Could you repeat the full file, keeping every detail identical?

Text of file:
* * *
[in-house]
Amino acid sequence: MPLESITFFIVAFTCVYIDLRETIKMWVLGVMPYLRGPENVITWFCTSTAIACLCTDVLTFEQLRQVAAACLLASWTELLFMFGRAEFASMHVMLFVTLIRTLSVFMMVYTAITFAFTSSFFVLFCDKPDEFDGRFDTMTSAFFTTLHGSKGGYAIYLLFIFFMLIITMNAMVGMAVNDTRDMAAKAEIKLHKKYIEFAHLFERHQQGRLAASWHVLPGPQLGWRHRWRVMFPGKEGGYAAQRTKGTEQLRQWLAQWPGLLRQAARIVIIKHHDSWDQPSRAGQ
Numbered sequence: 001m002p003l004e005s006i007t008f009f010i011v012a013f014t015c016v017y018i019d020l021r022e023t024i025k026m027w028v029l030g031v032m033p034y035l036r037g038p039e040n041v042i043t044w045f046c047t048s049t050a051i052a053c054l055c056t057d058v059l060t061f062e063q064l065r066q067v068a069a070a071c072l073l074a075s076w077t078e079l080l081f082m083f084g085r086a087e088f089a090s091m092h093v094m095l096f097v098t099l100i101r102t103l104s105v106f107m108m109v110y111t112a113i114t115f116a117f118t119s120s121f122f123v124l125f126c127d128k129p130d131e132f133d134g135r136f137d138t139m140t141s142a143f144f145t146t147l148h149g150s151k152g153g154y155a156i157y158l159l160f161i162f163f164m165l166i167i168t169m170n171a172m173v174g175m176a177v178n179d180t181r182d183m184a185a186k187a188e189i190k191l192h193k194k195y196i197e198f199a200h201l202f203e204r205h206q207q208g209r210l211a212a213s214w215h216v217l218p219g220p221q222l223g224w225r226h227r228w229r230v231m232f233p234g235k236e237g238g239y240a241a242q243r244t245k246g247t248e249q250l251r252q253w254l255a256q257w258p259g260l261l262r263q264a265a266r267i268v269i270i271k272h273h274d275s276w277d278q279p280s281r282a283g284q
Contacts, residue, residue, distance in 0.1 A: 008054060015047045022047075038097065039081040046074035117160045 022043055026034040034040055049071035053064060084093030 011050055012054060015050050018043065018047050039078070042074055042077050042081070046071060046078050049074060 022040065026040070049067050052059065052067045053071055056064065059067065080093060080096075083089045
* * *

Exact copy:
[in-house]
Amino acid sequence: MPLESITFFIVAFTCVYIDLRETIKMWVLGVMPYLRGPENVITWFCTSTAIACLCTDVLTFEQLRQVAAACLLASWTELLFMFGRAEFASMHVMLFVTLIRTLSVFMMVYTAITFAFTSSFFVLFCDKPDEFDGRFDTMTSAFFTTLHGSKGGYAIYLLFIFFMLIITMNAMVGMAVNDTRDMAAKAEIKLHKKYIEFAHLFERHQQGRLAASWHVLPGPQLGWRHRWRVMFPGKEGGYAAQRTKGTEQLRQWLAQWPGLLRQAARIVIIKHHDSWDQPSRAGQ
Numbered sequence: 001m002p003l004e005s006i007t008f009f010i011v012a013f014t015c016v017y018i019d020l021r022e023t024i025k026m027w028v029l030g031v032m033p034y035l036r037g038p039e040n041v042i043t044w045f046c047t048s049t050a051i052a053c054l055c056t057d058v059l060t061f062e063q064l065r066q067v068a069a070a071c072l073l074a075s076w077t078e079l080l081f082m083f084g085r086a087e088f089a090s091m092h093v094m095l096f097v098t099l100i101r102t103l104s105v106f107m108m109v110y111t112a113i114t115f116a117f118t119s120s121f122f123v124l125f126c127d128k129p130d131e132f133d134g135r136f137d138t139m140t141s142a143f144f145t146t147l148h149g150s151k152g153g154y155a156i157y158l159l160f161i162f163f164m165l166i167i168t169m170n171a172m173v174g175m176a177v178n179d180t181r182d183m184a185a186k187a188e189i190k191l192h193k194k195y196i197e198f199a200h201l202f203e204r205h206q207q208g209r210l211a212a213s214w215h216v217l218p219g220p221q222l223g224w225r226h227r228w229r230v231m232f233p234g235k236e237g238g239y240a241a242q243r244t245k246g247t248e249q250l251r252q253w254l255a256q257w258p259g260l261l262r263q264a265a266r267i268v269i270i271k272h273h274d275s276w277d278q279p280s281r282a283g284q
Contacts, residue, residue, distance in 0.1 A: 008054060015047045022047075038097065039081040046074035117160045 022043055026034040034040055049071035053064060084093030 011050055012054060015050050018043065018047050039078070042074055042077050042081070046071060046078050049074060 022040065026040070049067050052059065052067045053071055056064065059067065080093060080096075083089045